Getting Cravings Under Control

September 23, 2014 in Psychology of Food, Weight Management by Joyce Bunderson

The other day I was getting my hair done and my hairdresser was talking about putting on weight and not being able to take it off. She mentioned that by the time the afternoon rolls around she finds herself at a fast food establishment faced with the decision of whether it’ll be a salty or sweet snack. She doesn’t regard this as a planned meal, and if she “grazes” and selects different things at different times, including healthy snacks, it is not so much craving as hunger or habit or comfort.  It is when specific things, without conscious planning, repeatedly find their way to your mouth and stomach that you must suspect a craving and that a new habit is taking root.

Some professionals might call this a problem with cravings; I think it is complex, and many factors besides something close to addiction are part of it, but what I do believe is that there are things we can do that make the problem worse and things we can do to get the behavior under control.

The following are a few issues to consider if you’re having a problem with cravings, or any type of unplanned eating:

  • Eating a meager meal and discovering that you are very hungry before the next mealtime can be one of the big set ups for ending up with your hand in the cookie jar; or the office snacks and donut box; or like my friend, the local fast food establishment. There are a few things that can be done to help solve the problem. Try to discover which method works for you. One way is to continue to eat the small meals, but recognize that you will be hungry before the next main meal. Plan for a snack. Eating a tiny breakfast or skipping breakfast is a fairly common behavior leading to unplanned eating, but having a healthy snack is an easy resolution. Another way of managing the aftermath of a too small meal is to add to the meal itself – add bulky veggies, fruit and maybe a little larger protein serving.
  • Including protein in your meals helps to keep you safe from cravings. Milk, low fat cheese, eggs, nuts, peanut butter, or a small amount of meat can help stimulate the release of dopamine, which can make you feel good and have self confidence, thus helping to protect you from cravings and unplanned eating.
  • If you’re craving candy, cookies, chips, and desserts, one way to manage it is to allow yourself a small snack-sized portion, which leads to feeling as satisfied as receiving larger servings. Brian Wansink Ph.D. Cornell researcher has shown that the small snacks are as satisfying as larger servings. Wansink’s Mindless Eating gives us many hints of how to manage craving and unplanned eating beginning with identifying situations that don’t work for us. Learning how to manage mindless eating, aka craving/unplanned eating can provide with a net result of fewer calories and not feeling deprived.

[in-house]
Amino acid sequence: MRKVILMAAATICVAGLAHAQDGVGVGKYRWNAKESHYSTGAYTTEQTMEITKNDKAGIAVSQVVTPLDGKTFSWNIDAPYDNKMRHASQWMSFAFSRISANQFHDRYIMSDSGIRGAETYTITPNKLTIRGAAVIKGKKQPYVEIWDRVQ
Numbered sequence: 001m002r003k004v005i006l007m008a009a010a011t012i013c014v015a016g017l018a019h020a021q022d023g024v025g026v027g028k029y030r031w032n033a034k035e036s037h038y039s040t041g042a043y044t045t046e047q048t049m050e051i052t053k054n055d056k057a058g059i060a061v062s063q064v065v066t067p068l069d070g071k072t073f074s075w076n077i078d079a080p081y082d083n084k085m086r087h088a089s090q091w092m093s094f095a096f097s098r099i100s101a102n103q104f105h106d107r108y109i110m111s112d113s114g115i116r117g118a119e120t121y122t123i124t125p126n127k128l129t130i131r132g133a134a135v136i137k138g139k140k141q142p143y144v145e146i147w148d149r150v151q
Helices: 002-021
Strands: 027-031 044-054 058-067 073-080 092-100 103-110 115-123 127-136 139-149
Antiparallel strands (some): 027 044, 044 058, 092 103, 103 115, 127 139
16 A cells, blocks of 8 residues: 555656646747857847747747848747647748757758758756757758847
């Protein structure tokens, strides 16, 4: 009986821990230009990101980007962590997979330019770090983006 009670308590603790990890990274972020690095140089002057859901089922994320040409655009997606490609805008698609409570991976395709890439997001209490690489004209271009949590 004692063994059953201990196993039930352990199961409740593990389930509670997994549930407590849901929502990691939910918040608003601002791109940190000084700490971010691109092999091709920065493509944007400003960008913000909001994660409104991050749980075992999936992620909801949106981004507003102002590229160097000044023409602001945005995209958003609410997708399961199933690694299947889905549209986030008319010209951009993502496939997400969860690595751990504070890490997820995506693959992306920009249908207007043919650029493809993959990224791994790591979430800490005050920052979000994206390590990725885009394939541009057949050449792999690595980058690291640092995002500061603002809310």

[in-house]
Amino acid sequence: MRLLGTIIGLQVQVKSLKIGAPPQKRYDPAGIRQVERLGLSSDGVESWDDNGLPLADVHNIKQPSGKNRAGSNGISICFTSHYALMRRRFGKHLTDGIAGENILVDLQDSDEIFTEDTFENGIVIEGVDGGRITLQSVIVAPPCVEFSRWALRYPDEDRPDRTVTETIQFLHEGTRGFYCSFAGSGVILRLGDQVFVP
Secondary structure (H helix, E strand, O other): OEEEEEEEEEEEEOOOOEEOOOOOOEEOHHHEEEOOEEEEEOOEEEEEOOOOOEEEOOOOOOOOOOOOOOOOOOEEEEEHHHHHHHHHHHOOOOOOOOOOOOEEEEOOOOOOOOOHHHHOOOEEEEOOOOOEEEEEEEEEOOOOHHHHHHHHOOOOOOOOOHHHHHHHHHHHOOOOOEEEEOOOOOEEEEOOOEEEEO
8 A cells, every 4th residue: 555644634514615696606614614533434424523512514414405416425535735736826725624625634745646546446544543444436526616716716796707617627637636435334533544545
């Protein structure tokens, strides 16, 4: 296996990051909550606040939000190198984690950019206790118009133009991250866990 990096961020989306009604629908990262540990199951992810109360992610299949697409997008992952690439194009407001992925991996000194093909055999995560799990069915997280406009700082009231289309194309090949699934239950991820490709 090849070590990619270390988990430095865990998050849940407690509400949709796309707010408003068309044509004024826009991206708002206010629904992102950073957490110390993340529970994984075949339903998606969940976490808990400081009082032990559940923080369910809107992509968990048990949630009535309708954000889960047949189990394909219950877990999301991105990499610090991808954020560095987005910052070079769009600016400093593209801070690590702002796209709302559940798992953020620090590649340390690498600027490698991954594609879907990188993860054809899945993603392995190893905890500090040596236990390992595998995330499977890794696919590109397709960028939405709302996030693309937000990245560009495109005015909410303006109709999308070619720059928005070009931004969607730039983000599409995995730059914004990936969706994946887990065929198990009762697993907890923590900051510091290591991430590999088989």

• In addition, you may want to plan to eat a cookie, for example, with a piece of fruit or some nuts. Count out the serving of the splurge food and eat slowly. Nuts are one of the items that work for me.  I know that nuts are healthy but relatively high in calories; but if I count them out and remove myself from near the nut container, I discover that I have all kinds of control against unplanned eating. The protein and fat (good fat) in the nuts really hangs in there and gets me past feelings of not being in control. The idea is to fill up on the healthy food, and a small amount of the indulgence food.
  • The way we think about indulging ourselves can help us to feel in control. Feeling guilty, according to a study published in Appetite, by researcher Roeline G. Kuijer, can lead to feelings of helplessness and loss of control. The feeling of celebration with a forbidden food, on the other hand, actually led to better weight control. This is related to my often writing about not forbidding very many foods. Once we define a food as forbidden, sinful, off limits, it seems to gain power over us.  Your perception matters.  Off-limit foods are very seductive. Allowing yourself a little something every day, can help take the power away from your cravings.
  • Environmental control is one of the easiest ways to pump up your self-control. If the pantry, fridge or freezer is not stocked, you don’t have to enter into that battle every single time you open the door.
  • Willpower is another set up for many people. It does not get stronger with exercise. If you give in, to your craving/eating urge, you feel like a failure. Try distraction instead; a 2013 study in the UK found that a 15-minute walk, or even playing a 3-minute game reduced the strength of the craving. Distract yourself – you may be surprised that you’ve saved yourself quite a few calories.

Cravings, unplanned eating, and feelings related to certain foods are all related to us as individuals. Because of that we can help ourselves best by discovering what does and does not work for us as individuals. To find this out, we can keep a log with dates and times and write down what and where we ate, whether it was planned or not, and how we felt. The log may help us be better able to redesign our eating experiences for that time of the day and discover which habits we want to remodel. The first step is discovering where the surplus calories are getting into our daily intake.